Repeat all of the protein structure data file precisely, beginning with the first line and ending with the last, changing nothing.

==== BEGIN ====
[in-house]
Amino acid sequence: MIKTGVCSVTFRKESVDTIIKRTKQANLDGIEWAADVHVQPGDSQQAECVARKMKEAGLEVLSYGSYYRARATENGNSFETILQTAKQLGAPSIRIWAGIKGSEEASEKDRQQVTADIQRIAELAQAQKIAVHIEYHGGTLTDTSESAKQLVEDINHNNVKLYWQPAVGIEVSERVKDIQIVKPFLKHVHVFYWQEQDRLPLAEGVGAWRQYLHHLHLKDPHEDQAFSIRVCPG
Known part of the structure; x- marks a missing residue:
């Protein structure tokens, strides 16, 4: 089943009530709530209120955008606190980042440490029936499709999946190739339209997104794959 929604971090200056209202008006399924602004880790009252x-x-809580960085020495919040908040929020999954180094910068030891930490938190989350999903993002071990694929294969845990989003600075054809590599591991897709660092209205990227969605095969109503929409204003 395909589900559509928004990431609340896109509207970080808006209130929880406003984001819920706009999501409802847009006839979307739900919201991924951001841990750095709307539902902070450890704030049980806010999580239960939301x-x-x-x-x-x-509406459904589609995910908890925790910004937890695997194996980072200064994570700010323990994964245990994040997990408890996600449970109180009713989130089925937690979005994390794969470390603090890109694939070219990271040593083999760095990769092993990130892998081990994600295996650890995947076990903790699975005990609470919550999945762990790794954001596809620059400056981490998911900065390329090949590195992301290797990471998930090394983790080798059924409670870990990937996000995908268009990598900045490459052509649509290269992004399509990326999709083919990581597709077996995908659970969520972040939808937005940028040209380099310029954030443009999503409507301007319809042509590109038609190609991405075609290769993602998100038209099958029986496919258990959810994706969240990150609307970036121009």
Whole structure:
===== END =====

[in-house]
Amino acid sequence: MIKTGVCSVTFRKESVDTIIKRTKQANLDGIEWAADVHVQPGDSQQAECVARKMKEAGLEVLSYGSYYRARATENGNSFETILQTAKQLGAPSIRIWAGIKGSEEASEKDRQQVTADIQRIAELAQAQKIAVHIEYHGGTLTDTSESAKQLVEDINHNNVKLYWQPAVGIEVSERVKDIQIVKPFLKHVHVFYWQEQDRLPLAEGVGAWRQYLHHLHLKDPHEDQAFSIRVCPG
Known part of the structure; x- marks a missing residue:
């Protein structure tokens, strides 16, 4: 089943009530709530209120955008606190980042440490029936499709999946190739339209997104794959 929604971090200056209202008006399924602004880790009252x-x-809580960085020495919040908040929020999954180094910068030891930490938190989350999903993002071990694929294969845990989003600075054809590599591991897709660092209205990227969605095969109503929409204003 395909589900559509928004990431609340896109509207970080808006209130929880406003984001819920706009999501409802847009006839979307739900919201991924951001841990750095709307539902902070450890704030049980806010999580239960939301x-x-x-x-x-x-509406459904589609995910908890925790910004937890695997194996980072200064994570700010323990994964245990994040997990408890996600449970109180009713989130089925937690979005994390794969470390603090890109694939070219990271040593083999760095990769092993990130892998081990994600295996650890995947076990903790699975005990609470919550999945762990790794954001596809620059400056981490998911900065390329090949590195992301290797990471998930090394983790080798059924409670870990990937996000995908268009990598900045490459052509649509290269992004399509990326999709083919990581597709077996995908659970969520972040939808937005940028040209380099310029954030443009999503409507301007319809042509590109038609190609991405075609290769993602998100038209099958029986496919258990959810994706969240990150609307970036121009």
Whole structure: